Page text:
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Re: UAAG Minutes for 9/30 teleconference

From: Al Gilman <Alfred.S.Gilman@IEEE.org>
Date: Fri, 1 Oct 2004 16:11:05 -0400
Message-Id: <p06110403bd836408dc88@[10.0.1.2]>
To: w3c-wai-ua@w3.org

At 7:13 PM -0500 9/30/04, Catherine Laws wrote:
>AG: I have two high level comments from Protocols and Format group. I only
>looked at Jon's proposal. It has 2 switches being thrown at the same time -
>how fine or limited space nav stops for character and active element, and
>does focus follow - in caret mode it doesn't and in standard mode it does.
>Not clear that screen reader should have separate modes and controls to
>unhitch. Other - Jon's proposals separates from actions bound to specific
>keys but they can be rebound. How is Mozilla going to integrate XML and
>XPL? Important that author should propose key binding but user can change
>the bindings.
>XPL is a way for the author to set view-specific layer on the DOM. XHTML
>which tries to be specific. Example - Does an access key event just move
>focus or move focus and fire.

XBL

Aaron explained that there is already XBL used in Gecko to implement XUL.

There is work based on the existing XBL but not limited to that for binding
in SVG and other XML-based document contexts.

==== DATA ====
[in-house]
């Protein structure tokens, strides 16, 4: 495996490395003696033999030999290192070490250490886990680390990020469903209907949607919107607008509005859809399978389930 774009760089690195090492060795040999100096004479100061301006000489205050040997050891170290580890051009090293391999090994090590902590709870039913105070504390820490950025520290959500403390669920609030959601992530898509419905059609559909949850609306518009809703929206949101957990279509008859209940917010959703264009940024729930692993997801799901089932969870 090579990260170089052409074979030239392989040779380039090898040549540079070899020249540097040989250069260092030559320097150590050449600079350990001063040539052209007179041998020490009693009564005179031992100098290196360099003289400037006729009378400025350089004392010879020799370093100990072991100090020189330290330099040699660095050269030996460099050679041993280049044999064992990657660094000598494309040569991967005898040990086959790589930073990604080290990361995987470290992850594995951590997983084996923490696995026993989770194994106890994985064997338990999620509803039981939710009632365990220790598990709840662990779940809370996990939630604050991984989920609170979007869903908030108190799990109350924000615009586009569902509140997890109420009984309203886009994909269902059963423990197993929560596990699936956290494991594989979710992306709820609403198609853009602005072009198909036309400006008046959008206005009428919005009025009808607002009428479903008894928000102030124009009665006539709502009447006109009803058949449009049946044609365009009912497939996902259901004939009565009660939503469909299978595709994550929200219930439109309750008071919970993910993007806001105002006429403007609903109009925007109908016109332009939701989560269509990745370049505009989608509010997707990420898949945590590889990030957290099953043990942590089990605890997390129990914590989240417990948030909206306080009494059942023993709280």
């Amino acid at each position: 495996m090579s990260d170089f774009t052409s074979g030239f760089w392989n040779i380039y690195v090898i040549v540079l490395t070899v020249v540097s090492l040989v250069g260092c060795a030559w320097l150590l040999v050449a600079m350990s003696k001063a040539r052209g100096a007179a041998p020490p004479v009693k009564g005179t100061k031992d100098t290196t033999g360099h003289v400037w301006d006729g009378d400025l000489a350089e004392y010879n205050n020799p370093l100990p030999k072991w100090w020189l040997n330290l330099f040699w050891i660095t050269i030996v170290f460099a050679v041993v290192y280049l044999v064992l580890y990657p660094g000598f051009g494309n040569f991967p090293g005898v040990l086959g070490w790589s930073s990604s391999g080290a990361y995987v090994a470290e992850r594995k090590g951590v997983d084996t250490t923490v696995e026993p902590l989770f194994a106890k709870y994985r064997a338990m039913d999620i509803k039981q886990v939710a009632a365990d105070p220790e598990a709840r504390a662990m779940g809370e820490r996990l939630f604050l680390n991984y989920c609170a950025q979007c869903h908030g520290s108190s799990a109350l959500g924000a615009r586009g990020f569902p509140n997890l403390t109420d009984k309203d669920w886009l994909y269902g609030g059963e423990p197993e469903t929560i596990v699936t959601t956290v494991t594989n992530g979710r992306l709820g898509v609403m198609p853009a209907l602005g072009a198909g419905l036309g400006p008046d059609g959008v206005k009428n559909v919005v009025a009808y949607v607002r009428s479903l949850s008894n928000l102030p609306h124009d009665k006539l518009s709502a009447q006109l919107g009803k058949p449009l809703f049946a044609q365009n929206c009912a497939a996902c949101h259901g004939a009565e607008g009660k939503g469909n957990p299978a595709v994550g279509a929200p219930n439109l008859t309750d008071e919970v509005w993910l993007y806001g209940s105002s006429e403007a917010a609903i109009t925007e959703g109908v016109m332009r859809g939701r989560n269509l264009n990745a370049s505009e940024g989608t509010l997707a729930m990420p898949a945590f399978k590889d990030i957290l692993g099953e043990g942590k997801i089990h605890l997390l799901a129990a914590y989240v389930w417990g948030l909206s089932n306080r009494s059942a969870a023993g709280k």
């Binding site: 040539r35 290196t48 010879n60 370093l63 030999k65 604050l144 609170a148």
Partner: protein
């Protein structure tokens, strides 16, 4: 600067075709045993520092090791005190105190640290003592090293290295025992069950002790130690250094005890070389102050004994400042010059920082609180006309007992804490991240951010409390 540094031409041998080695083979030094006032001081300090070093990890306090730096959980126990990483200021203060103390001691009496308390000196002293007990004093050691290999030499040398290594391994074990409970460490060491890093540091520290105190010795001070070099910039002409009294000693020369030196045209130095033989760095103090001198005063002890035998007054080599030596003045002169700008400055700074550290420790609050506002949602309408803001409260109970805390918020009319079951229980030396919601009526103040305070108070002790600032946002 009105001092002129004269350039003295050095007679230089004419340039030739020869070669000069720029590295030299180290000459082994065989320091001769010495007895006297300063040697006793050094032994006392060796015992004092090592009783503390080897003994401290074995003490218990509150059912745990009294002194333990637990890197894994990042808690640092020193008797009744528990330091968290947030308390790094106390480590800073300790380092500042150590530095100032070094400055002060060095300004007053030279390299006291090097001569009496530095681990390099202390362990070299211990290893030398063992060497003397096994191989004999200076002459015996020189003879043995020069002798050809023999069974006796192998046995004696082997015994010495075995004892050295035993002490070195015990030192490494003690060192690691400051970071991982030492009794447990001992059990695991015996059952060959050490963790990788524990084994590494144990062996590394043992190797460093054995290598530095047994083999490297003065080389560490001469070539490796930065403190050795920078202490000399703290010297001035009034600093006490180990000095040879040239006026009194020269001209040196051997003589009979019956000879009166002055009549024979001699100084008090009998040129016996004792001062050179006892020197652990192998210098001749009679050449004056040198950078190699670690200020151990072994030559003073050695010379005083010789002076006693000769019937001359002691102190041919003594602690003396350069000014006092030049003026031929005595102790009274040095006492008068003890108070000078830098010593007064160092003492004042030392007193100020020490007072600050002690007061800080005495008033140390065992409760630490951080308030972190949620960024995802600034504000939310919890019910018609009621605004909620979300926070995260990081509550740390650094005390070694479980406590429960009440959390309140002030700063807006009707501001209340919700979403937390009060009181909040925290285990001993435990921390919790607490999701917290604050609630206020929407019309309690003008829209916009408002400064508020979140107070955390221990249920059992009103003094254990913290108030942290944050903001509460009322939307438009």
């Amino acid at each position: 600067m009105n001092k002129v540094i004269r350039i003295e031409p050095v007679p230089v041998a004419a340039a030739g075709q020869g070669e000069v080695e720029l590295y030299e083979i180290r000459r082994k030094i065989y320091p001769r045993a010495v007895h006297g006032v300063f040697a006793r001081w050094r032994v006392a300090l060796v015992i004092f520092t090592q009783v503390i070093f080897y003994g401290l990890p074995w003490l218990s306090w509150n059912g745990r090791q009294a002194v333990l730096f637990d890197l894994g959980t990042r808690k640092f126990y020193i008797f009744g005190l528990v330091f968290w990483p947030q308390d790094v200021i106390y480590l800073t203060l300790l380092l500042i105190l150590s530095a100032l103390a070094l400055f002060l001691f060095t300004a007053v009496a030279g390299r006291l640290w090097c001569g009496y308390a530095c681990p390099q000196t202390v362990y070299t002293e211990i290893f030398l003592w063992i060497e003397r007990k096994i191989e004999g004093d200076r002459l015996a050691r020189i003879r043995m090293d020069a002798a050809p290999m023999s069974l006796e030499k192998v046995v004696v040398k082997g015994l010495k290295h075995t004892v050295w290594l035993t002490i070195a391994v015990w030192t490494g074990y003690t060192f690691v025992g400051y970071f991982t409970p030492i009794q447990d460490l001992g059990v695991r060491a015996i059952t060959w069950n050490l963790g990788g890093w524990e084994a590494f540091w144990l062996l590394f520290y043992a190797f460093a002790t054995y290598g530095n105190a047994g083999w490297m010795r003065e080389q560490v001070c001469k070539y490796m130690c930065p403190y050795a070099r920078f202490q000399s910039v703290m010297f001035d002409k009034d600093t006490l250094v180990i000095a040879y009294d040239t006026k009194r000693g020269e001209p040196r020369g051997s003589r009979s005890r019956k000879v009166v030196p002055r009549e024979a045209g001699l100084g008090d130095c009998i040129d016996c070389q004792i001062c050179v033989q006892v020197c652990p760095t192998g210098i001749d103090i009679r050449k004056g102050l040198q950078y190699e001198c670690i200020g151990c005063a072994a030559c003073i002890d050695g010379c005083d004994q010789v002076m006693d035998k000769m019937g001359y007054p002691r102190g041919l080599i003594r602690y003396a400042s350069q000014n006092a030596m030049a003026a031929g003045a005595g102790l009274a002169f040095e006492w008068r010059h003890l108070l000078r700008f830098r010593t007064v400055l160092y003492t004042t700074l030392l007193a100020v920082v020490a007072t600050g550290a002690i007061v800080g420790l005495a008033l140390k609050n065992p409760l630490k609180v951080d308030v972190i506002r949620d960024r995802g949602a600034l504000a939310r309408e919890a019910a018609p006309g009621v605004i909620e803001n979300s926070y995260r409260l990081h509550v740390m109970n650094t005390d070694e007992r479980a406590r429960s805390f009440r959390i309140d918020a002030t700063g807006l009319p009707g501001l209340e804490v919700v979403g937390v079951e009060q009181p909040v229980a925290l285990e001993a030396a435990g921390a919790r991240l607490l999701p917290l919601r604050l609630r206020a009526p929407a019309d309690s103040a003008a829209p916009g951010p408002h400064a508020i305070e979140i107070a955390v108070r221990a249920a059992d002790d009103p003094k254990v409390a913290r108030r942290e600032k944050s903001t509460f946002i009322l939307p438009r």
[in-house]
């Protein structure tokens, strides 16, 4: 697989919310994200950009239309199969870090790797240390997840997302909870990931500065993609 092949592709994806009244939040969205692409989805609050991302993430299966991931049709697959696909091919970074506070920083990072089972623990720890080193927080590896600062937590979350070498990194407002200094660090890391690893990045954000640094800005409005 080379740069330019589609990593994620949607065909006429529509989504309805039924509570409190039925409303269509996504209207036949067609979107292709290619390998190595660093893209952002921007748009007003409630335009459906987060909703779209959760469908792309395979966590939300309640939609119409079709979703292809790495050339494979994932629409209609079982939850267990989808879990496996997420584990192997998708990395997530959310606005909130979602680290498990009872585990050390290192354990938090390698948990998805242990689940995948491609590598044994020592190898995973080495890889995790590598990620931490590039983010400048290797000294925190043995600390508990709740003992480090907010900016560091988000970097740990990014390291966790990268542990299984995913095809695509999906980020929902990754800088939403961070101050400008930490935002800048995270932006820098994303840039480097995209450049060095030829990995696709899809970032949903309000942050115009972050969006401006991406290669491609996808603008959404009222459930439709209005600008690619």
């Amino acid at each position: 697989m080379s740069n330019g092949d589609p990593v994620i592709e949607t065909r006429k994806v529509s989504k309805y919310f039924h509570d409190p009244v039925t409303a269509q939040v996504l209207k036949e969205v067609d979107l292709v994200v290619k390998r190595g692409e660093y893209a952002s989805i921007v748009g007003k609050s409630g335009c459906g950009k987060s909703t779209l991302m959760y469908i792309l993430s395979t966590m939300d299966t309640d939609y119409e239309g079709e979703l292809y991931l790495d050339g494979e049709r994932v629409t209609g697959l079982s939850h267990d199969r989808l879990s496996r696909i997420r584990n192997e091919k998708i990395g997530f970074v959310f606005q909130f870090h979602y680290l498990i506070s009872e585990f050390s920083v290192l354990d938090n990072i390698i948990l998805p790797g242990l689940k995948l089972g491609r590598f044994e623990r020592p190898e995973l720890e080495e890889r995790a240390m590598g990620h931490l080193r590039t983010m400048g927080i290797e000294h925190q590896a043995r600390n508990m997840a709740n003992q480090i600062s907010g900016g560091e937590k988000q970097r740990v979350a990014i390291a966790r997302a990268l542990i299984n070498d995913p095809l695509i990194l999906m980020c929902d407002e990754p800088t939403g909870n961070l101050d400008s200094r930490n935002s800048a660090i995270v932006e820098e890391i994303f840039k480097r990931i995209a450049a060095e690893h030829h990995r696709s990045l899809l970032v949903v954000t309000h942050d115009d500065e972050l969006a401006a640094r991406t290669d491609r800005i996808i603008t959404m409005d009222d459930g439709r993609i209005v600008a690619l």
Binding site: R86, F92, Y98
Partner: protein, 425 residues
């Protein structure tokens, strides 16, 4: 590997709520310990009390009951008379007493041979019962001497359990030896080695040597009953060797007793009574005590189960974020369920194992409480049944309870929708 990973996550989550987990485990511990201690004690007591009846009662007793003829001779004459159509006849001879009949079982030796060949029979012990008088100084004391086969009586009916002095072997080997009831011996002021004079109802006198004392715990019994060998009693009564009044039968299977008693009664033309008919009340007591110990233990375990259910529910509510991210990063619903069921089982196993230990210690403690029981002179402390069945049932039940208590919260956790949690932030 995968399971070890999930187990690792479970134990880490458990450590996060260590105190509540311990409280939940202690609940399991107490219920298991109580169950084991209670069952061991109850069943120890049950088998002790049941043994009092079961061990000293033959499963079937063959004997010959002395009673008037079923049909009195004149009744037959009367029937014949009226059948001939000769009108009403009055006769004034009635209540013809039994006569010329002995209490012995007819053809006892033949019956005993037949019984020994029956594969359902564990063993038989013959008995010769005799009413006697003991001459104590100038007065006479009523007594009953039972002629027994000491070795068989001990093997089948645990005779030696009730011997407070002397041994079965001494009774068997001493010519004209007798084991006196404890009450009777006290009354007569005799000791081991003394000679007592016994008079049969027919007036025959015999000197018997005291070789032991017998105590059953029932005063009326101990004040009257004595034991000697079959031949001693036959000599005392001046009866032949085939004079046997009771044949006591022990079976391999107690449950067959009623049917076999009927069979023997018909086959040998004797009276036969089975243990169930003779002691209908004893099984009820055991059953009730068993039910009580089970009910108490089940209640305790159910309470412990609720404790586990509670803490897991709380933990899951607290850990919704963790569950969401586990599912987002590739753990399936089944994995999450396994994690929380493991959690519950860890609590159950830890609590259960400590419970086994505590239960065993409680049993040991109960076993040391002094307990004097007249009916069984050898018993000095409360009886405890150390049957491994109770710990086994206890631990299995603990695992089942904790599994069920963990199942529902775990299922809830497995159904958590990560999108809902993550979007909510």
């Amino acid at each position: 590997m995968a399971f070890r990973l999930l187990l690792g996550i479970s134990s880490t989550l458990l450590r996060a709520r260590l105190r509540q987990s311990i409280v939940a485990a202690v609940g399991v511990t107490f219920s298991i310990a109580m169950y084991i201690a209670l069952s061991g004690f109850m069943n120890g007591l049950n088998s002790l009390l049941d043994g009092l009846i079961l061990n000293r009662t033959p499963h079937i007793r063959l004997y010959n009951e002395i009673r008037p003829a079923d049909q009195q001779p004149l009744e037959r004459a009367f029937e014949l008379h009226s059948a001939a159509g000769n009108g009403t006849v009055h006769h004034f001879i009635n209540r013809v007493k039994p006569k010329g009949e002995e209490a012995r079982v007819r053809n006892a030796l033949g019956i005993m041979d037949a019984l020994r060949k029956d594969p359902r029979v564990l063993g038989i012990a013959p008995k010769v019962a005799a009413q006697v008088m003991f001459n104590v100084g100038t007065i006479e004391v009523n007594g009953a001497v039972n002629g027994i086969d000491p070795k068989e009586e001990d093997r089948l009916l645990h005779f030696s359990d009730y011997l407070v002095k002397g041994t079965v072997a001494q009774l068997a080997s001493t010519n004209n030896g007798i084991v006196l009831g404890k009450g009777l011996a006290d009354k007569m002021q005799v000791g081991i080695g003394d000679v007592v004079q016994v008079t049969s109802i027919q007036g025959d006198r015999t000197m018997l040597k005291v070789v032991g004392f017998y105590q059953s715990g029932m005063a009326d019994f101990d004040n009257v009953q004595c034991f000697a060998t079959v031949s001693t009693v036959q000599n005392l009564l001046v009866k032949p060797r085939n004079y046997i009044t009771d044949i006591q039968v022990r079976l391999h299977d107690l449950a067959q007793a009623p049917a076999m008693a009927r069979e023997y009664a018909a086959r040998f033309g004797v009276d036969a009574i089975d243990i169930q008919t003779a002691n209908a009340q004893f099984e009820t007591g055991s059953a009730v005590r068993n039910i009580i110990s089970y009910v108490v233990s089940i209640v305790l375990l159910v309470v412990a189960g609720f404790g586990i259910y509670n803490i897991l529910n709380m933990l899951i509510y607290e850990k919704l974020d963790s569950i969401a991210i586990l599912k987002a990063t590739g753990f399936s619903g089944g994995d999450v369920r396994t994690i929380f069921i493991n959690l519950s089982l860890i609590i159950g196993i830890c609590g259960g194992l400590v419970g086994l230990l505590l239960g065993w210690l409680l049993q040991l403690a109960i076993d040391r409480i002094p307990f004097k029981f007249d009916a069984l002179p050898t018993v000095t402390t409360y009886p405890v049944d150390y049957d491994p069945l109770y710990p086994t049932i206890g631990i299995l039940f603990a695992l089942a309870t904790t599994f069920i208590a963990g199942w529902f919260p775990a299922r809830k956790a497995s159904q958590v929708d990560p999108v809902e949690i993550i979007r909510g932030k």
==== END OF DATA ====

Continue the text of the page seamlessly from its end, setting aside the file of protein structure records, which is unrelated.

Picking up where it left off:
See for example
http://xml.coverpages.org/ni2004-09-01-a.html

>AL: XPL to implement XUL. Allows attachment of behaviors and events to
>tags. Attach context to buttons.
>AG: Might be able to query DOM to see it.
>AL: Ordinary scripts would just see one element.
>JG: DOM would have description.
>AL: Can extend Mozilla with XPL. Like create a slider with 2 sliders.
>AG: How to repair conflicts? Maybe between optimization. In earlier
>discussions, AT vendors said that they weren't implementing W3C DOM because
>it doesn't match the screen. View-specific shows bounding rectangles. There
>is desire to have better info of the view programmatically. One mode to get
>view, the other to get content.
>PK: DOM doesn't provide info about final rendering. We supplemented this in
>IAccessible.
>JG: In your proposal, not clear for caret mode versus standard mode for
>focus. If navigating a table cell, where is the header info or label info
>for a control?
>PK: We're serving 2 masters - screen reader user and user without AT.
>Evolving discussion. May need additional keyboard bindings beyond proposal
>for screen reader user. JavaScript is a good way to do that. Implement
>Gnome accessibility for ATK. AccessibleTable object has a table with
>children. Ask what is your row extent or column and headers. Sun has not
>yet implemented AccessibleTable for HTML tables. But it should be nice for
>AT.
>JG: Accessing row and column headers is more complex than that . What about
>the headers attribute?
>PK: The algorithm is not yet implemented. Need mappings
>AG: The data model is not there.
>JG: Example in WCAG guidelines I will send you.

For more good info on how table markup can be used see the FedStats Worshop
materials at

http://workshops.fedstats.gov/tablesintro.htm